Food System Gets Amped Up from Food Technology

Food System Gets Amped Up from Technology

The future includes HPP, and a giant helping of technology, GMOs and a dynamic distribution system presented by new players like Amazon. This foretells new processes and new regulatory requirements, which will cause major changes in the food sector in the coming year. While change always presents challenges, it can foster opportunity as well.

Juice up your production with IoT

As the Internet of Things (IoT) becomes more robust, industrial processing machines will diagnose internal problems, order scheduled maintenance and request replacement parts from the manufacturer. This could mean less downtime and more productivity.

Blockchain technology will impact the way food delivery systems work, improving accountability and food safety as well as reducing waste and saving money.

Changes in food regulation 

Food regulation is in a state of flux with some FDA/USDA rules being delayed or modified. With food safety always at the forefront of consumers’ minds, we can expect new rules and regulations to coincide with the implementation of new technology.

And we can expect that new technology to positively impact food safety as it increases our ability to track food from source to consumer and as well as help mitigate problems along the supply route.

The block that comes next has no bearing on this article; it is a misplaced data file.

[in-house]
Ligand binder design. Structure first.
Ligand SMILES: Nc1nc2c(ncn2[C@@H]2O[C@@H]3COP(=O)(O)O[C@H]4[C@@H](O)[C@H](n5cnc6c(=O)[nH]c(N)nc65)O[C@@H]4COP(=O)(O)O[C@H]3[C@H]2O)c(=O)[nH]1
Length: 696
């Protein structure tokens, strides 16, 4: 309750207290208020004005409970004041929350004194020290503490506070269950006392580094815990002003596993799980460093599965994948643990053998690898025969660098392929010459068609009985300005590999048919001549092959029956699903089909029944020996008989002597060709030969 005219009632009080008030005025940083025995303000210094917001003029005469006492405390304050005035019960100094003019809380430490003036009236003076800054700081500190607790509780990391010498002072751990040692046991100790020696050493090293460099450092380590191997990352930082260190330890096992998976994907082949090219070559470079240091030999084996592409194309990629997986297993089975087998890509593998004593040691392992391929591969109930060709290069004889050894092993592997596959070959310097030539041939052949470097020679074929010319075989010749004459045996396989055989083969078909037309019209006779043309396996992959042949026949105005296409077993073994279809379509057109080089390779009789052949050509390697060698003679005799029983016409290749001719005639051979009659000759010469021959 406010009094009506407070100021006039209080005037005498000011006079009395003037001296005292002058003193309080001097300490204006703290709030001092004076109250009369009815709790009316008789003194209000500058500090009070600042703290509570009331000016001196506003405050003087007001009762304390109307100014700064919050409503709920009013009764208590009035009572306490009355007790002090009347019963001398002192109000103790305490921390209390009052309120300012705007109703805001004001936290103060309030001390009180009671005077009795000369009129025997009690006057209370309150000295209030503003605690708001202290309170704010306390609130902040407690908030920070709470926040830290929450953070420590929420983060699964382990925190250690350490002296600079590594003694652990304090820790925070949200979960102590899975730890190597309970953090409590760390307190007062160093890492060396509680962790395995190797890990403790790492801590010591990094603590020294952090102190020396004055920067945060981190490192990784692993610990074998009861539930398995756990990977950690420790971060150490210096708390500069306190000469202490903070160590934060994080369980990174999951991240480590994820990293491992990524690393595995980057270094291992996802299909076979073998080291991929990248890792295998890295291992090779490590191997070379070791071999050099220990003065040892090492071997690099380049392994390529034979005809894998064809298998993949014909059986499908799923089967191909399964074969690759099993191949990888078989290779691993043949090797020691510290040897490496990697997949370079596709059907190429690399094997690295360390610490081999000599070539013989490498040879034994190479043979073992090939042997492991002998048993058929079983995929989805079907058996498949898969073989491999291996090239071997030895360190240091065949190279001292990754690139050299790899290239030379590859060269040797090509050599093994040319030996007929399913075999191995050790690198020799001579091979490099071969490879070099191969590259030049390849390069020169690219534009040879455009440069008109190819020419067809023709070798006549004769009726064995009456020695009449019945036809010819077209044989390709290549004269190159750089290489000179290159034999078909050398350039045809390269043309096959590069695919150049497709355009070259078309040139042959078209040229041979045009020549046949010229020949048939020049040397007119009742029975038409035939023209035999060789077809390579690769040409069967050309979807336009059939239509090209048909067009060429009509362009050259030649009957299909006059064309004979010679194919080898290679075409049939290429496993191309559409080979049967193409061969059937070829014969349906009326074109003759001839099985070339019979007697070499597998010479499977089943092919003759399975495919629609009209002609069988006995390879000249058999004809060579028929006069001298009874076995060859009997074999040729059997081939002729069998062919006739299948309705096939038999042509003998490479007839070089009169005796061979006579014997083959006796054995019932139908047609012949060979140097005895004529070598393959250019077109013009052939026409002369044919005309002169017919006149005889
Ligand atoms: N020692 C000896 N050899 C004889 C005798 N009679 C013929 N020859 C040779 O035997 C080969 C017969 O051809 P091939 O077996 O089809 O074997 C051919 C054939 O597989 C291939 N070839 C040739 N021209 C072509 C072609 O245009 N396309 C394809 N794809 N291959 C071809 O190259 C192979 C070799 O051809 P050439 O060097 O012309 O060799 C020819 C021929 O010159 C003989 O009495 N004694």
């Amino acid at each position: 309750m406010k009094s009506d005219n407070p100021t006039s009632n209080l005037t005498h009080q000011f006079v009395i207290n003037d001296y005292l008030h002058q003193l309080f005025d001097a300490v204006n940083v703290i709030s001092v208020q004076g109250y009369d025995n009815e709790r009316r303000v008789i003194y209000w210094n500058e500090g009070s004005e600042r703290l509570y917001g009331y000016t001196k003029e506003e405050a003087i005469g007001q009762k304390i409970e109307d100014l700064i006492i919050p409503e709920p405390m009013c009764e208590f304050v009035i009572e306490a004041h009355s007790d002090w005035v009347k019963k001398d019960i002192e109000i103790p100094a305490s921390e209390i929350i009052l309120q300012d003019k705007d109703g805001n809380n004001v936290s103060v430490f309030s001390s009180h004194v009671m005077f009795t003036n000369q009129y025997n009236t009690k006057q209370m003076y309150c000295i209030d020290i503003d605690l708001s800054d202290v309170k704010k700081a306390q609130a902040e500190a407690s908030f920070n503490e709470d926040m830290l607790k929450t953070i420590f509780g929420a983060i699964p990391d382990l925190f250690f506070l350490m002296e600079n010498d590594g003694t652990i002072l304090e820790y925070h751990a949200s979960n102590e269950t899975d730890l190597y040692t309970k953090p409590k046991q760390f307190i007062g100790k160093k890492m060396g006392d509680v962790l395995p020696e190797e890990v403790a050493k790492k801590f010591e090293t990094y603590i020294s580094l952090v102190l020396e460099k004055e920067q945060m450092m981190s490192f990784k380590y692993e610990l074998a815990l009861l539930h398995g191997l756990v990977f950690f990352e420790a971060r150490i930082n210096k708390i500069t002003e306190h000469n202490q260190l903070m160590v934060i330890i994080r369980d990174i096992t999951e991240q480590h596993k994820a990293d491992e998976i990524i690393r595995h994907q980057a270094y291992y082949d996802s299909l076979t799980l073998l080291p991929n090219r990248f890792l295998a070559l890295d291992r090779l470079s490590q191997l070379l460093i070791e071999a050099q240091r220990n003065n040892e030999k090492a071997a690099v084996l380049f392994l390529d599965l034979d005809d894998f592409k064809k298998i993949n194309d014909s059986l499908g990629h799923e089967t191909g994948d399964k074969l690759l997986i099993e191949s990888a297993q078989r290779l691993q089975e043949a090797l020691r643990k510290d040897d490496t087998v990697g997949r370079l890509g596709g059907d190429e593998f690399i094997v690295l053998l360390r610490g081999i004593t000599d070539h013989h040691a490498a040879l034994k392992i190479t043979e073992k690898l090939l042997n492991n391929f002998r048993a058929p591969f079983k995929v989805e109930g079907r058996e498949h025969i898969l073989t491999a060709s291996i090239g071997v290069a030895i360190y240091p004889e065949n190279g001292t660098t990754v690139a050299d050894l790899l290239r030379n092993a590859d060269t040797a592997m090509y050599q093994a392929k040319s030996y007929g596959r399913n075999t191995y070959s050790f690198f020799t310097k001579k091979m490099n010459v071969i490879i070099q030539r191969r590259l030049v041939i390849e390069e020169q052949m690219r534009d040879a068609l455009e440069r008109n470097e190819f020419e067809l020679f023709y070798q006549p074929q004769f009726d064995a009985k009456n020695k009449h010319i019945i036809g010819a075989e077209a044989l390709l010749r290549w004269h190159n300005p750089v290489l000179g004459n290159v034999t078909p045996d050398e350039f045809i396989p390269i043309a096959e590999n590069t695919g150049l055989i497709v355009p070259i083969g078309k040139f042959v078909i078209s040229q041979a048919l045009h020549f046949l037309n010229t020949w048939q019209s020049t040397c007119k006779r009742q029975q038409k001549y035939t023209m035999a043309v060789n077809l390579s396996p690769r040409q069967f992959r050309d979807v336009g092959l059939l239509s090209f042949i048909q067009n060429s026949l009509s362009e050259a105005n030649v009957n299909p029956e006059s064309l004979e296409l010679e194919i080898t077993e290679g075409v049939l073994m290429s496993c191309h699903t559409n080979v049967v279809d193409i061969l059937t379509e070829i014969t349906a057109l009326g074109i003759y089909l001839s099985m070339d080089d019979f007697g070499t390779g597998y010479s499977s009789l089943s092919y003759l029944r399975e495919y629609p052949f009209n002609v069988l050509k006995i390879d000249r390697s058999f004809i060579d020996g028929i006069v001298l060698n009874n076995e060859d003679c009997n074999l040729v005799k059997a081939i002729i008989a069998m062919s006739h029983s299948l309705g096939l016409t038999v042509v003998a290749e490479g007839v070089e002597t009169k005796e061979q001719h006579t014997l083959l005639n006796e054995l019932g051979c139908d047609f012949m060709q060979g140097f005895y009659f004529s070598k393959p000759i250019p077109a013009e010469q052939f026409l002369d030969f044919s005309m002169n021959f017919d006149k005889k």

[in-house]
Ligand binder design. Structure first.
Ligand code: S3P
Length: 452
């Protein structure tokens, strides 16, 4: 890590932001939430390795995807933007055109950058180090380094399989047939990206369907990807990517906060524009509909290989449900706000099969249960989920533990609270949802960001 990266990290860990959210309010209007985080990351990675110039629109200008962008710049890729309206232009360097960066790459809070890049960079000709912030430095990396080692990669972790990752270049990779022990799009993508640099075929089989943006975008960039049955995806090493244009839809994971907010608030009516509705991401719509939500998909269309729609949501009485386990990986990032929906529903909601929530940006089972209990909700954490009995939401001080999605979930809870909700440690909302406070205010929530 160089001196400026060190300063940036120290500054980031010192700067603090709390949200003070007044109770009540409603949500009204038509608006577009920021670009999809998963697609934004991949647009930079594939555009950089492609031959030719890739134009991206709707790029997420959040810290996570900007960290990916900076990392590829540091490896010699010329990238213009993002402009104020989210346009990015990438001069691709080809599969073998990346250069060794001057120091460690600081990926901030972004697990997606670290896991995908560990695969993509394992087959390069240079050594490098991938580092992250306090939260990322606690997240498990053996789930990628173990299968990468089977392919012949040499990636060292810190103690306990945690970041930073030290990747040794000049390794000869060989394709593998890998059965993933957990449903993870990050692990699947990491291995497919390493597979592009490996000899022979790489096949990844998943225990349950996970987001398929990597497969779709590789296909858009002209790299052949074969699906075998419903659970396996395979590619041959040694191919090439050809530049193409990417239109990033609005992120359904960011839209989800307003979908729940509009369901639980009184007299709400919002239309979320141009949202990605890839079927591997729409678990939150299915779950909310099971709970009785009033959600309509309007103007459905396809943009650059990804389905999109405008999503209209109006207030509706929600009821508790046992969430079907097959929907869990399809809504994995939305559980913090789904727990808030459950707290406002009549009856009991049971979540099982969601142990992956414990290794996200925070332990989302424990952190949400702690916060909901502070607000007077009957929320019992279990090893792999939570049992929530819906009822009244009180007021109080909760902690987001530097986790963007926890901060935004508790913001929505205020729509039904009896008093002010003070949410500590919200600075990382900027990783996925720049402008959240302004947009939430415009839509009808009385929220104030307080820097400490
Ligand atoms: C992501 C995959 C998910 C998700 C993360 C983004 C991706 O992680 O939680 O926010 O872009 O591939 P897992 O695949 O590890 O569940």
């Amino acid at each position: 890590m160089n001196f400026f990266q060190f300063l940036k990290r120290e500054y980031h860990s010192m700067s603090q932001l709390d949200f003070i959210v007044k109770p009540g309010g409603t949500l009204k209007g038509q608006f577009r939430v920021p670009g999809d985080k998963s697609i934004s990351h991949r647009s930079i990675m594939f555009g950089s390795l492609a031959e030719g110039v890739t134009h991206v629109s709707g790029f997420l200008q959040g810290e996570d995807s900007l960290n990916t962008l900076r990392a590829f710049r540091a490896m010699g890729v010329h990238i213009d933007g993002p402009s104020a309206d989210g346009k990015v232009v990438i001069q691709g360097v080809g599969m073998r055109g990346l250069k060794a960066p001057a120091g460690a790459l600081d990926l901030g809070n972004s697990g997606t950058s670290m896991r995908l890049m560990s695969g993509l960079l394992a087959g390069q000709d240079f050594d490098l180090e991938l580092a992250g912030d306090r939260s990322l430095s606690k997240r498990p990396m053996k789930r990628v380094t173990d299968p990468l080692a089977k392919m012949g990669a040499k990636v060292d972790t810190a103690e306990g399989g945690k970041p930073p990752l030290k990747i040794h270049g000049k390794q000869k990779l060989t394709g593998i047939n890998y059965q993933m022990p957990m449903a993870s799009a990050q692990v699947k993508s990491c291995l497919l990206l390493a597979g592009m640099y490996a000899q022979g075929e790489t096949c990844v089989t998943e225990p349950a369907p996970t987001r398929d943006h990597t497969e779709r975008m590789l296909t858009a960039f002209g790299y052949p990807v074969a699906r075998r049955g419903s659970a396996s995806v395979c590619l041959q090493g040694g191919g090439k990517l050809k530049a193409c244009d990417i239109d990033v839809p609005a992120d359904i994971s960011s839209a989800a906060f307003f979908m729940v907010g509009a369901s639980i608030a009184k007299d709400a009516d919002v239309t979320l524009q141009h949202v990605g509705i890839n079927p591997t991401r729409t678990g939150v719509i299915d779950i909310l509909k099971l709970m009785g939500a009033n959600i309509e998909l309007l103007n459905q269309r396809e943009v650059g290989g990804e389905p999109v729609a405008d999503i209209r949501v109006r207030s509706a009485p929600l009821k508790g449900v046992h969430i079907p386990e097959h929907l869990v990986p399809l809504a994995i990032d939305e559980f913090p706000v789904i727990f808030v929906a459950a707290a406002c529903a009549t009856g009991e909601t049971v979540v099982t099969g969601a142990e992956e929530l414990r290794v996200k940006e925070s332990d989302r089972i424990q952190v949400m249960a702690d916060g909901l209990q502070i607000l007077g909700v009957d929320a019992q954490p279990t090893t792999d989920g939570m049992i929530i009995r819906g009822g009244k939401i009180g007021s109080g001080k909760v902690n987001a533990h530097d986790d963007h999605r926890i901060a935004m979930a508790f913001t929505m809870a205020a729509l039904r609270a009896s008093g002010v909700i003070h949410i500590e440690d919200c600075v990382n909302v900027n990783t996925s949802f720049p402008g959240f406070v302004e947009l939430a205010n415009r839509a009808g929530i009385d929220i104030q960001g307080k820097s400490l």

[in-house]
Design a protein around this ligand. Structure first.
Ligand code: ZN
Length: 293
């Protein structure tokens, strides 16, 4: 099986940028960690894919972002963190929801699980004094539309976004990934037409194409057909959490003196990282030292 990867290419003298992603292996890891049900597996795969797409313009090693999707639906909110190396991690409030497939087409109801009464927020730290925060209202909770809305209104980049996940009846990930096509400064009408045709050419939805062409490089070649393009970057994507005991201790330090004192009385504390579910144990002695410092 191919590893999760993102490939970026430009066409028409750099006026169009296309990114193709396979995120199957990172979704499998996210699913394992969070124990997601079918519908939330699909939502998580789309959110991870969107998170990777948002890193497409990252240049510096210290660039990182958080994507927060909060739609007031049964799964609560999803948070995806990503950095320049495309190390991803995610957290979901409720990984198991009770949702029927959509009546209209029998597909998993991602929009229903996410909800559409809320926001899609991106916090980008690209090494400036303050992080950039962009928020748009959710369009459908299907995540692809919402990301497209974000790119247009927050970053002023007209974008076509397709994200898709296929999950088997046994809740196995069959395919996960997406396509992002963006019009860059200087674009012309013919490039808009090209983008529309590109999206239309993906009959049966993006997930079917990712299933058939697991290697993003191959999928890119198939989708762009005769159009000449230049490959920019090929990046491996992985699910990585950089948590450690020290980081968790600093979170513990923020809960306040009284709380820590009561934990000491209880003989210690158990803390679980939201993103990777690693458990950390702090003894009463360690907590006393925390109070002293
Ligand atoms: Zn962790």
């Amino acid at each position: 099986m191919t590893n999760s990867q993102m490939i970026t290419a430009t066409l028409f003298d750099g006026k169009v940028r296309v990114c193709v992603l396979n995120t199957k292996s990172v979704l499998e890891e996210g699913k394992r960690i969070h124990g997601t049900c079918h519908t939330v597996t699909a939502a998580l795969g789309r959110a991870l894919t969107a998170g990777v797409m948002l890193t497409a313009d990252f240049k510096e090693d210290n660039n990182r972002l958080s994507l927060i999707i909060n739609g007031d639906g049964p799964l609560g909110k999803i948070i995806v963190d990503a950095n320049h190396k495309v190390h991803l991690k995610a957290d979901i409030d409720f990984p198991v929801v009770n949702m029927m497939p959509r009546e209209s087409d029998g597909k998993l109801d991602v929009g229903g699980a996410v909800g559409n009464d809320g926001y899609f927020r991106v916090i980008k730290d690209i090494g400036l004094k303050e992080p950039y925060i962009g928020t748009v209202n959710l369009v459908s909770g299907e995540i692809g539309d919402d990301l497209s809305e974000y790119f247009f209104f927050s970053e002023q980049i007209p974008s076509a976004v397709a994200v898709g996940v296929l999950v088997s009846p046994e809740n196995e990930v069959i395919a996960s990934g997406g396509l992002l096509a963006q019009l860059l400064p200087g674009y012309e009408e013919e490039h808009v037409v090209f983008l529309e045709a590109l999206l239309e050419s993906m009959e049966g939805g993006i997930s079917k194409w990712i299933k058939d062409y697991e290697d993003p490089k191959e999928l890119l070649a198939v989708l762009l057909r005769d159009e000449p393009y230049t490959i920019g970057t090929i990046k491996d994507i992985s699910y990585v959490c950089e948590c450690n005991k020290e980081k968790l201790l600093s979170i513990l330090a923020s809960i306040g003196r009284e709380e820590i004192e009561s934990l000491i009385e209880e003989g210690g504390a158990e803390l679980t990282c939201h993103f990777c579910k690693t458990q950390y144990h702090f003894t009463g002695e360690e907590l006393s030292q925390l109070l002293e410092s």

Distribution gets a shake-up

Speaking of supply routes, big players like Amazon are getting into the food business, bringing their tech-centric approach to the game. Groceries are ordered online and delivered to right to our doorstep while grocery stores like Kroger are battling back with curbside pick-up, meals-to-go and in-store restaurants.

The use of genetically modified organisms (GMOs) and gene editing technology is growing by leaps and bounds and wary consumers must decide what their comfort level is when it comes to the alteration of their food. Will consumer desire drive regulation in this arena or vice versa?

New production methods

And how will consumers respond to meat that is grown in labs and insect farming for protein and nutrition? Will vertical year-round hydroponic farming impact how we grow fruits and vegetables and will these products soon be making it to the average dinner table on a regular basis?

One thing not expected to change is consumers’ demand for cleaner labels, shorter ingredients lists and foods without chemical additives and preservatives. The popularity of high pressure processing to achieve those clean labels continues to experience phenomenal growth as more and more companies adopt the technology.